Invest in these Debt Funds to benefit from rate hikes

By Ravi Samalad |  21-02-22 | 

Debt fund investors enjoyed double-digit returns in the past as interest rates went southwards.

To battle inflation and to revive and sustain economic growth, the Reserve Bank of India (RBI) has kept the policy repo rate unchanged at 4%, signaling an accommodative stance.

Going ahead, the central bank is expected to raise policy rates in a staggered manner. As rates rise, long-term debt funds will have a bumpy ride. We asked experts how investors should invest in a rising interest rate scenario. 

Spread your portfolio across short to medium term maturity - Dhaval Kapadia, Director - Portfolio Specialist, Morningstar Investment Advisers India.

Although RBI hasn’t raised interest rates and may not do so in the immediate term (next 3 to 5 months), bond yields, across short-, medium- and long-term maturity segments in the debt market have been on an upward trajectory over the past couple of quarters. This is due to RBI measures to reduce excess liquidity in the banking system, which has resulted in short tenor rates (up to 3 yrs) moving up and concerns around possible rate hikes and additional government borrowing have resulted in yields on medium to long tenor (4 years and above) bonds moving up. Over the past one year, the 5-year G-Sec yield has risen by 40bps (0.4%) from 5.49% to 5.89% and the 10-year G-sec yield by 73bps (0.73%) from 5.95% to 6.68%. Similarly, the 1-year T-bill yields around 4.45% currently.

On account of the jump in yields, certain segments of the yield curve are looking fairly attractive. The term spread, i.e. the difference in yields across various maturity buckets is quite high for 5 to 10 year G-secs vs 1-yr T-bills. The spread or difference in yields for the 5-yr & 10 yr-Gsecs vs 1-yr T-bill currently stands at 1.45% and 2.23%, respectively. These spreads are higher than their long-term averages. Accordingly, one can consider investing a portion (30-40%) of the debt portfolio in the medium to long duration segment via a combination of low expense Target Maturity Funds (such as 2027 Gilt index funds), Long Term Bond Funds and Constant Maturity Funds. Around 35%-45% can be invested in short duration Banking & PSU Funds and the remainder in moderate Credit Risk strategies, where yields are looking reasonably attractive.

What are target maturity passive debt funds?  

Go for roll down funds of up to 3-year maturity – Sandeep Bagla, CEO, Trust Mutual Fund.

Given the high inflation and elevated commodity prices, most investors were expecting rapid hikes in domestic overnight rates. The central bank has made it clear that it prefers to maintain a low real rate regime to enable the domestic economy to reach its full potential. It implies that RBI is likely to raise rates at a slow and gradual pace.

Bond yields had risen in anticipation of rate hikes and have softened a bit. An ideal strategy for debt mutual fund investors would be to deploy a substantial chunk of their investments in funds like Short Term Funds and Banking & PSU Debt Funds, which have moderate duration but significantly higher interest income than liquid funds. Interest rates are expected to go up but gradually. In such a scenario, roll down funds up to 3-year maturity also make sense. While Liquid Funds continue to generate around 3.35%, the above strategy could generate 5-6% without much risk over a one-year investment horizon.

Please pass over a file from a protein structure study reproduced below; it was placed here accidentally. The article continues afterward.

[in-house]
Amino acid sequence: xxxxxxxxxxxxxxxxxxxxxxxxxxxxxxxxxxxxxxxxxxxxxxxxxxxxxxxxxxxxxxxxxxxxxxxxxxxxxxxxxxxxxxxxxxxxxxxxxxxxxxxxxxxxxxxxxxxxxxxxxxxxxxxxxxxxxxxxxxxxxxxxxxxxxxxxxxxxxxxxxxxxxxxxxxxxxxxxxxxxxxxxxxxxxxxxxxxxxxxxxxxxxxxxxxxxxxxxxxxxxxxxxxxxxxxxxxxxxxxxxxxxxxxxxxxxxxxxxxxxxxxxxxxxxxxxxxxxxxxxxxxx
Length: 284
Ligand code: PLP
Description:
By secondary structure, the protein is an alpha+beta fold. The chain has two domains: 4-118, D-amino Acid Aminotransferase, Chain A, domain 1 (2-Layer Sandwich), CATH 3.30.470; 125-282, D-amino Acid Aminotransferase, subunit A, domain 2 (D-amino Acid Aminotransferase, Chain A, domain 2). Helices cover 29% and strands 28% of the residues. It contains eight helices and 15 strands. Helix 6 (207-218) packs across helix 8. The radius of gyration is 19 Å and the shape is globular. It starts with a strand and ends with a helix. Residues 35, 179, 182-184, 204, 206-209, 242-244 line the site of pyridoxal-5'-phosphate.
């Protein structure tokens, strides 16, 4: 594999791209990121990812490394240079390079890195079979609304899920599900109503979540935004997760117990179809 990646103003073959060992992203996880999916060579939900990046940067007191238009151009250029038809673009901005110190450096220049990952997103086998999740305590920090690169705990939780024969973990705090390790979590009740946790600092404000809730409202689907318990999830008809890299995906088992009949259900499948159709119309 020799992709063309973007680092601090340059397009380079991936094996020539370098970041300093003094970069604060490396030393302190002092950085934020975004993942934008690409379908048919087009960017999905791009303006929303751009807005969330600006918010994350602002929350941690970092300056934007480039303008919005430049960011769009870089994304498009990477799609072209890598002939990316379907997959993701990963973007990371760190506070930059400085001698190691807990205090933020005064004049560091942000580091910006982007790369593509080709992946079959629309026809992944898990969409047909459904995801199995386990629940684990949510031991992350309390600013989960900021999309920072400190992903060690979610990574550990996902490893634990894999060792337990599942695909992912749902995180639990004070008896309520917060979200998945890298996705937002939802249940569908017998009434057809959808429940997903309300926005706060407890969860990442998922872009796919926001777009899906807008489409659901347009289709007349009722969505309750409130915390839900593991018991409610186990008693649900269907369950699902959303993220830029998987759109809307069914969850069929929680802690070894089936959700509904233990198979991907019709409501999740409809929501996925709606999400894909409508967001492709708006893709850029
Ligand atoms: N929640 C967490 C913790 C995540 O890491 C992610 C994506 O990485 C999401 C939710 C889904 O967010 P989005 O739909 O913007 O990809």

Avoid Long Term Debt Funds - Harshad Chetanwala, Co-Founder,

At present, investors should consider investing in Liquid, Ultra-Short or Low Duration Debt Funds as interest rates are expected to increase in the future. Whenever the interest rate goes up, it has an implication on the bond price which pushes down the Net Asset Value (NAV) of these funds. The higher the average maturity of the fund, the higher is the impact. One should avoid locking their investment in long term debt funds at this moment. Once the interest rate starts increasing investors can gradually invest in Medium Duration debt funds. The returns on debt funds have been low and may take some more time to reach the returns in the horizon of 6 to 8% depending on the kind of debt fund. 

Investors having a defined investment horizon can invest in roll down strategies. - Amol Joshi, Founder, PlanRupee.

In a rising interest scenario, Floating Rate Funds are a preferred choice.

Should you invest in Floating Rate Funds? 

Investors with a defined investment horizon of say  2, 3, 5 years, and so on may also opt for roll down funds. These funds will have continuously falling maturity as time goes by & will have a lesser impact on rising rates. Also, the roll down structure delivers the desired outcome if held till the completion of roll down period. Returns in Floating Rate Funds will vary based on the holding period (investment period) and also the portfolio yield and rates trajectory to some extent.

Roll down funds or Target Maturity Funds are likely to deliver in line with the net yield of the portfolio. Please also be mindful of other factors like re-investment risk and credit risk of the portfolio. To their credit, most of these funds invest in highest rated (highest grade) debt securities hence these risks while being there, are less likely to manifest.


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